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Posted By Bubb’s blog
On 20 December 2014 - 11:40am

The Charity Commission have issued their long-awaited opinion on Oxfam. Two issues were investigated: Oxfam's work in Palestine, and their ‘Perfect Storm’ Twitter campaign about poverty in the UK.
On the first point, Oxfam were exonerated completely. On the latter, I think, things got silly. The Commission concluded that “the tweet could have affected the views of those who received it and could be misconstrued by some as party political campaigning”.
Clearly, charities must stick to the rules. The public trust and value charities as independent organisations. The Charity Commission issues clear guidelines - its document ‘CC9’. They say charities may campaign politically, so long as they are not party political. This can be demonstrated by good governance and a transparent approach to decision making. So far, so good.

But there’s a serious ...more

Posted By Bubb’s blog
On 17 December 2014 - 12:06pm

Last night's Carols at the Royal Albert Hall proved as spectacular as always. Trumpets. A crowd of thousands and a brilliant choir and orchestra.

With Christmas holidays almost here, charity leaders and our organisations are thinking about 2015. Whichever way you view it, it's going to be a specially eventful year. Events in Russia this week might prove even more dramatic that what a British General Election can offer, but we're facing our own profound disruption and uncertainty in politics at home. Two elections perhaps. And all alongside further funding cuts that guarantee a hard time for the third sector - our country's other social safety net. But despite the many problems for charity leaders, there are perhaps some opportunities to hit the 'reset button' on our relationships across Westminster.

If these times are to be turned into an opportunity that will demand great leadership. Of biblical proportions, one might say.

So I was grateful for some wise ...more

Posted By Bubb’s blog
On 16 December 2014 - 10:35am

Well, another Carol Concert, this time at the House of St Barnabas, that wonderful charity in Soho which helps young people into training and jobs. The House is an elegant Soho Georgian townhouse which used to provide hostel accommodation for young girls. It was established in the 19th century by a religious order, so it comes complete with Chapel; an ideal place for a carol concert. Sandra Schembri, the CEO, is a valued ACEVO member and I like to show support. The house had to stop providing hostel accommodation because it became unsuitable, so Sandra came up with the great idea of turning the House in to a social leaders club, for which it is eminently suitable. It provides both  training and job placement for the young people they help. The Club generates revenue to support the charity. A brilliant place. Worth joining!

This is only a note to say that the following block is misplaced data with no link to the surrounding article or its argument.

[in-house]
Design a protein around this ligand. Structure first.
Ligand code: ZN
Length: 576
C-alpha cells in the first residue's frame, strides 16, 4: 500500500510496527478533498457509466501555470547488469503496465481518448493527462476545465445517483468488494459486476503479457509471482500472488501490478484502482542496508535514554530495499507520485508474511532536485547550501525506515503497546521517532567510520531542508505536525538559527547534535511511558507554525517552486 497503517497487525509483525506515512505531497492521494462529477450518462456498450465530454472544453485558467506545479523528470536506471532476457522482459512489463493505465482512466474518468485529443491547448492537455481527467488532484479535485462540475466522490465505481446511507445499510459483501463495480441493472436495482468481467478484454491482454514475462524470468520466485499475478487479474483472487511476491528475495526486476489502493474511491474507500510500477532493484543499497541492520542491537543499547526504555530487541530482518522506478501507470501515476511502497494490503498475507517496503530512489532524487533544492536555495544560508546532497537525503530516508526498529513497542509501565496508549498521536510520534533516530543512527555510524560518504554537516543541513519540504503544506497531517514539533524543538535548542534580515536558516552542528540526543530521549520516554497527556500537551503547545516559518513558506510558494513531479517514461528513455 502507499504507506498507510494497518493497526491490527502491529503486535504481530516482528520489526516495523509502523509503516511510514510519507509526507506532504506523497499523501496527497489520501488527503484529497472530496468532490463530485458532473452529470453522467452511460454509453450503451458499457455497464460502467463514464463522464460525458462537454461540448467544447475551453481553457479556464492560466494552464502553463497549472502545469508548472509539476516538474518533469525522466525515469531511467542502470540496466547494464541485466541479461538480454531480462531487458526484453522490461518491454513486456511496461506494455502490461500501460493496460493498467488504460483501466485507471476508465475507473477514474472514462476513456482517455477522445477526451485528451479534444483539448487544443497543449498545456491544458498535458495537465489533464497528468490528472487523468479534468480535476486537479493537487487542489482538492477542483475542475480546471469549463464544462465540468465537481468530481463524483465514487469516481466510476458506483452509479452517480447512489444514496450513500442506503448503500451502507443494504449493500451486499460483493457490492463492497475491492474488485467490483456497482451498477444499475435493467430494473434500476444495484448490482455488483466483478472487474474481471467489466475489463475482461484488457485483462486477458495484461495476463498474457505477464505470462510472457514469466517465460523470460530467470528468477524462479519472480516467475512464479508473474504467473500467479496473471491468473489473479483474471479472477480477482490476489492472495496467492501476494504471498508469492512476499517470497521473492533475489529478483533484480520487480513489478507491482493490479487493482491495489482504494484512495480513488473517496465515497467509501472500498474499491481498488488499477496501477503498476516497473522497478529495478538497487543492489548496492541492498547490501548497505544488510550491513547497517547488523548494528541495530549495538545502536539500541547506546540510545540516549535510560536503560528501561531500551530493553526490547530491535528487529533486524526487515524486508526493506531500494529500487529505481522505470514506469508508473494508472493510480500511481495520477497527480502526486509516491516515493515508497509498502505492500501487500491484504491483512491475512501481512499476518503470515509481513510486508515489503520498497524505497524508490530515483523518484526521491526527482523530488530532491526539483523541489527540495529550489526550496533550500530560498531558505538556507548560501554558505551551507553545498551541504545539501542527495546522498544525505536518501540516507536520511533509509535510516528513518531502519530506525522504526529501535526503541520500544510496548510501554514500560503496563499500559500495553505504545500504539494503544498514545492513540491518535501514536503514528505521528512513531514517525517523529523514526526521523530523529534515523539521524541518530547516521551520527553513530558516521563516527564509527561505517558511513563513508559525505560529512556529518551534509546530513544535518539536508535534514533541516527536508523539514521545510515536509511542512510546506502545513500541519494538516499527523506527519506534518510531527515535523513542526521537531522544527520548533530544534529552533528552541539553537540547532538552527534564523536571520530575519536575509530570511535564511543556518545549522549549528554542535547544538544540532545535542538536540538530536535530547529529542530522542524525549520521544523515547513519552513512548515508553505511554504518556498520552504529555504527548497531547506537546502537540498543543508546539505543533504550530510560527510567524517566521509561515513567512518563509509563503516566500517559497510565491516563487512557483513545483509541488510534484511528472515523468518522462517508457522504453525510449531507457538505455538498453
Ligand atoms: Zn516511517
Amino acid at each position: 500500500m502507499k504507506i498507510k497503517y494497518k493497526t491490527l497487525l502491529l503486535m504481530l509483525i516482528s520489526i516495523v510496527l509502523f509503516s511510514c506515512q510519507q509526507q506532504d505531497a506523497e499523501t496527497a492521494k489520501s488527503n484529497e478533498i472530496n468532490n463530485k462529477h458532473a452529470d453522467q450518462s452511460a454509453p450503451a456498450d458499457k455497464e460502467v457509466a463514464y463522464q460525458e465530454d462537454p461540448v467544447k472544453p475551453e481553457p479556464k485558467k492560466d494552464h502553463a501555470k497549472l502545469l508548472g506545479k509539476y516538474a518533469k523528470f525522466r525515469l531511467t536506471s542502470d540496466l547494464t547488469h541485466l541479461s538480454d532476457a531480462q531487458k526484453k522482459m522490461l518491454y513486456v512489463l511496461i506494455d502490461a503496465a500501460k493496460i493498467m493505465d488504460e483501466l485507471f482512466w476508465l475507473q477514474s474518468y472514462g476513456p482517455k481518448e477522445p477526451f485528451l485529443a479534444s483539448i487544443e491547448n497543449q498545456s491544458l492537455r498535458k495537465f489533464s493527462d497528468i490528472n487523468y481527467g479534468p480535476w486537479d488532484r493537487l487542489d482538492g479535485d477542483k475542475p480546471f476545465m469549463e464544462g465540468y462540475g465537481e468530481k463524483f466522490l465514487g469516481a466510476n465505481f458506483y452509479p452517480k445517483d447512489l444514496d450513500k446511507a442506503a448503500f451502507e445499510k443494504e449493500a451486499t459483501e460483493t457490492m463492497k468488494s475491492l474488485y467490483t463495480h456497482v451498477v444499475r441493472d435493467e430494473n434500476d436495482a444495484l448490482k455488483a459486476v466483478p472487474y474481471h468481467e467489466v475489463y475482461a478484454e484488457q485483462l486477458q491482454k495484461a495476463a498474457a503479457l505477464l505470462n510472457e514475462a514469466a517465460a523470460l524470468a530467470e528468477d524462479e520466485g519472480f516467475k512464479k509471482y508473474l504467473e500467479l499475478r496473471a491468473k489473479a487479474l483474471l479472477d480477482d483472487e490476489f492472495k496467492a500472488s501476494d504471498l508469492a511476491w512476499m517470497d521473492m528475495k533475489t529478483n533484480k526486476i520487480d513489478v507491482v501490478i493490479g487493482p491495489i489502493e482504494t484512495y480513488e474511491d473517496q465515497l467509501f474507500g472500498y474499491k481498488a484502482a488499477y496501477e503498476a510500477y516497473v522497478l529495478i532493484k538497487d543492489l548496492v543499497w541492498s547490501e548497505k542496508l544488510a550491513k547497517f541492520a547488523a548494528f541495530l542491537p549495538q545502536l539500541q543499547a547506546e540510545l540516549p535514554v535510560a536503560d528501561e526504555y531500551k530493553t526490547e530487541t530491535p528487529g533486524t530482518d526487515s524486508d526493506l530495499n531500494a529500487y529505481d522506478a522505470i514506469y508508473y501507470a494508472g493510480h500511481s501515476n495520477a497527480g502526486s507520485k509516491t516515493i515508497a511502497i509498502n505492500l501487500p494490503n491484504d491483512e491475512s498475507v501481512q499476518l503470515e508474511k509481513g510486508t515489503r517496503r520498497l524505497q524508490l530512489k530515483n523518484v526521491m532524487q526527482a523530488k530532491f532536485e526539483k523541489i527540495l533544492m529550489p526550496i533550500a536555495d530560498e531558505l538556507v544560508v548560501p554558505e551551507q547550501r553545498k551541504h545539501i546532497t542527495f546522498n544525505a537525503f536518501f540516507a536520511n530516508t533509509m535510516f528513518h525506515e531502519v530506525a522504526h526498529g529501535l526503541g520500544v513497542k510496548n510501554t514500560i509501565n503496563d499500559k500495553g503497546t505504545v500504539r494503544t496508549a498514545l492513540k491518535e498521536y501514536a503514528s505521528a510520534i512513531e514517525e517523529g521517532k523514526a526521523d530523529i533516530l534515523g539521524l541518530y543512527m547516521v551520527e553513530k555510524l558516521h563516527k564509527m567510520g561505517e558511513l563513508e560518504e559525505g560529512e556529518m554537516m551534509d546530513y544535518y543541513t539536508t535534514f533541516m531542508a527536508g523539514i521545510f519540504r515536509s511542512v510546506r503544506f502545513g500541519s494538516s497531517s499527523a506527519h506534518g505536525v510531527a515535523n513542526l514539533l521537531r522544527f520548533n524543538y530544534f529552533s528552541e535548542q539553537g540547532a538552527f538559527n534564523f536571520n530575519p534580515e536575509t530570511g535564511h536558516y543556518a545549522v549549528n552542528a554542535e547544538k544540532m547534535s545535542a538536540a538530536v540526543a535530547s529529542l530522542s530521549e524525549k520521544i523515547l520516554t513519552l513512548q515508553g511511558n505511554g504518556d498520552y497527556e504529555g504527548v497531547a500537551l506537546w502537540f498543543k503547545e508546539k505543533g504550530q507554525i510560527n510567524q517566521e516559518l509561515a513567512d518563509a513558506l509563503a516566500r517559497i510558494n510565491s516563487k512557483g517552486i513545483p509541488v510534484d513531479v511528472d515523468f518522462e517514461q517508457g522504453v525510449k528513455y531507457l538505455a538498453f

Afterwards a lovely Christmas dinner at L'Escargot with my partner. 
Yesterday also saw the launch of the final report of the ACEVO Commission on ...more

Posted By Bubb’s blog
On 12 December 2014 - 3:03pm

I had 2 possibly competing events Wednesday - but they were united in one theme: the value and role of charity.
In the morning I was at a breakfast meeting ACEVO had organised for the leaders of Muslim charities. Many of our CEO colleagues talked about the challenges they face, in their work, dealing with the hostile environment of islamophobia. It was good to see Dianne Abbott MP who talked about the problems Islamic faith charities are facing in Hackney. We also had two senior staff from the Charity Commission, who made a really helpful contribution to the discussion. But the Commission still have many questions to answer, as I said at my appearance before the joint Commons and Lords Committee on the draft Protection of Charities Bill on Tuesday.
Then in the evening it was off to a carol concert at St Stephen's Walbrook, in the City. Organised by the London Air Ambulance, that great charity, and starring that great Prelate, Richard Chartres, the Bishop of London. ...more

Posted By Bubb’s blog
On 4 December 2014 - 10:00am

Yesterday’s Autumn Statement has completely dominated today’s news. Not a surprise.
But what is unclear about yesterday's Statement from the Chancellor is where cuts will be made in public spending after 2015. This morning’s FT makes clear that “renewed activity is failing to fill the Treasury’s coffers.” The situation is dismal: we have a surprising shortfall in future tax revenues, and the chancellor still aims to cut down the size of the public sector.
So cuts will continue, with few big tax rises in the offing. The BBC's head of statistics Anthony Reuben said public spending as a proportion of GDP would fall to its lowest level since the 1930s. Office for Budget Responsibility chairman Robert Chote called it a “very sharp squeeze”, of which around 60% is forecast to come in the next Parliament.